A special court in Iceland on Monday convicted former prime minister Geir Haarde [official profile, in Icelandic] on one out of the four criminal charges he faced concerning the collapse [JURIST news archive] of the country's banking system in 2008, announcing that he would not face any punishment. The charges stemmed from the collapse of the country's three major banks in 2008 while Haarde was leader of the country's ruling Independence Party. Haarde was convicted [AP report] of failing to take the steps to be sure a comprehensive analysis of the risk the state faced after the collapse of the banking system was completed. Haarde dismissed his conviction as a formality and talked about possibly appealing his conviction to the European Court of Human Rights (ECHR) [official website]. The court found Haarde not guilty of the other three charges relating to his alleged negligence relating to the financial crisis. The court also determined that the state would pay the cost for Haarde's defense lawyers. The special court, known as the Landsdomur, was established in 1905 to prosecute Cabinet officials.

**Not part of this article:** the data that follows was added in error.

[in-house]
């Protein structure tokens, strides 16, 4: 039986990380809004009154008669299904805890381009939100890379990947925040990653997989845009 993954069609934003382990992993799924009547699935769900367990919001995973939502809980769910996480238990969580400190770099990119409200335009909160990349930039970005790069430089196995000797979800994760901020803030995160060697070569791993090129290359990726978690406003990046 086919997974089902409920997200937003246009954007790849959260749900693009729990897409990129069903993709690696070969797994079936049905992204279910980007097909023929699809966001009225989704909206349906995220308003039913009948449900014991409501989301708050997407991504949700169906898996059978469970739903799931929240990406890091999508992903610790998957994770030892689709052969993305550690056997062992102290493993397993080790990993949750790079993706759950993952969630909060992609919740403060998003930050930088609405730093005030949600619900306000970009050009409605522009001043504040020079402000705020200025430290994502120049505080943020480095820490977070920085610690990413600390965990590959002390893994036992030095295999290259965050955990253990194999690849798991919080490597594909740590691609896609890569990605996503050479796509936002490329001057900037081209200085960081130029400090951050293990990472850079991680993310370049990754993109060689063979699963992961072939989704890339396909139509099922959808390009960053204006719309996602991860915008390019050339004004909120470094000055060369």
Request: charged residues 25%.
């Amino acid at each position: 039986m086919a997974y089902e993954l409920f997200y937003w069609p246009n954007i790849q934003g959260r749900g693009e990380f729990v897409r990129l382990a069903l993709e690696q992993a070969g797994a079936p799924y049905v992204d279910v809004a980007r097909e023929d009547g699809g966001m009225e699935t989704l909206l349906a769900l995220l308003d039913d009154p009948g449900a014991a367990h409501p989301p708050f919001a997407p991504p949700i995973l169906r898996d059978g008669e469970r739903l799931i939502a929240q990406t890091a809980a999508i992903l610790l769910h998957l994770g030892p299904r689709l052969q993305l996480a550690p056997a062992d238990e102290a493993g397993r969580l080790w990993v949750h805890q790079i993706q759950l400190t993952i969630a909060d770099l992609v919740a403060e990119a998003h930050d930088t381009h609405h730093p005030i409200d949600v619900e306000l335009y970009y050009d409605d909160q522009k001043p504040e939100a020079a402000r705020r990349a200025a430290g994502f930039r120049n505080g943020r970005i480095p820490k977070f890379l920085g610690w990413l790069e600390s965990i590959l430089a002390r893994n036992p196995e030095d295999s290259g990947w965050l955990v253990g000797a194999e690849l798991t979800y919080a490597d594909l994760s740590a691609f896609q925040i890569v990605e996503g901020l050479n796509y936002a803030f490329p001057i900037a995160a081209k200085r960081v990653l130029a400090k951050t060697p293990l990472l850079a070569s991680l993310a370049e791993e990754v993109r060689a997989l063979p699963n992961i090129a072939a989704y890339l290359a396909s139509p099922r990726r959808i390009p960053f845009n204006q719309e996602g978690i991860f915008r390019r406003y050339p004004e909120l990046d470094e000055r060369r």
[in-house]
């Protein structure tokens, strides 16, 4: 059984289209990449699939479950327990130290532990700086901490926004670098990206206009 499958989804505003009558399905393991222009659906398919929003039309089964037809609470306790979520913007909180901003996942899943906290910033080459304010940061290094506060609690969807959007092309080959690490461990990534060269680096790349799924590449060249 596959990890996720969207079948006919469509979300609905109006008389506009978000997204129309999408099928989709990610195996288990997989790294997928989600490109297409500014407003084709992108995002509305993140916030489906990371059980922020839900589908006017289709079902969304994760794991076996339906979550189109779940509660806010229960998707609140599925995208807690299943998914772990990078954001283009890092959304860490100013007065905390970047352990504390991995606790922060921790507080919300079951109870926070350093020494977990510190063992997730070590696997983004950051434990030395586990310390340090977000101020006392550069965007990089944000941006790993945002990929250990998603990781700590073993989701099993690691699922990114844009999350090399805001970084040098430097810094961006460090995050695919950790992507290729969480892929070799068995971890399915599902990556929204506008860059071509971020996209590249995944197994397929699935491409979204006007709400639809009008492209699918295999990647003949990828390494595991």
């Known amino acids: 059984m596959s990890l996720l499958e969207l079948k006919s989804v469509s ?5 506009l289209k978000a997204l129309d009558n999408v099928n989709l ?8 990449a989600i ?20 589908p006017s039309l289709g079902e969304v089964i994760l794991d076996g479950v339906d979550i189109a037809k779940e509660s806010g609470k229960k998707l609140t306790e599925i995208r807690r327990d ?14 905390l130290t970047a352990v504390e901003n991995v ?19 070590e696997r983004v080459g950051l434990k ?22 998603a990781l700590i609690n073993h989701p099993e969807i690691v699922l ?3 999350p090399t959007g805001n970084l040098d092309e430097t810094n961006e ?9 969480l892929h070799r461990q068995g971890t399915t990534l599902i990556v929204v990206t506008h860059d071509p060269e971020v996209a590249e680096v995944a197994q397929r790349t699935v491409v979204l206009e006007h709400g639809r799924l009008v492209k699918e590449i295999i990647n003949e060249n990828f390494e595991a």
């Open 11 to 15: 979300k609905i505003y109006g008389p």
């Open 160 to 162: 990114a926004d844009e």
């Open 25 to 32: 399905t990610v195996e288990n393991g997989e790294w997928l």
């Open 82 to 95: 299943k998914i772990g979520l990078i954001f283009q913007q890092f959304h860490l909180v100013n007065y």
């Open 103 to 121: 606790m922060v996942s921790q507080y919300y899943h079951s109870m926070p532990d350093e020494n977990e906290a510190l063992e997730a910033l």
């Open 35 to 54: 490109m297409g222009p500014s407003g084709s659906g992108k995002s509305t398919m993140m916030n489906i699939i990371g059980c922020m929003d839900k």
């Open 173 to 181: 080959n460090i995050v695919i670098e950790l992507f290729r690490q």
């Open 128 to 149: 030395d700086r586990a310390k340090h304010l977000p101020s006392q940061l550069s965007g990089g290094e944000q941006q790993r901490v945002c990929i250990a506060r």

Haarde's trial resumed in March after originally opening in September [JURIST reports] with Haarde's lawyers moving to dismiss all of the charges against him, a request which was denied. Haarde pleaded not guilty [JURIST report] in June, vowing to fight the charges and claiming they were the result of politics. In September 2010, the Icelandic Parliament referred charges to the Landsdomur after the Special Investigation Committee (SIC) released a "Truth Report" claiming that seven Icelandic government officials acted with gross negligence in their management of the country's financial system prior to a 2008 bank collapse. The SIC determined that Haarde and former central bank head David Oddsson knew that banks were assuming overseas debt but took no action to prevent or mitigate the effects of the accumulation.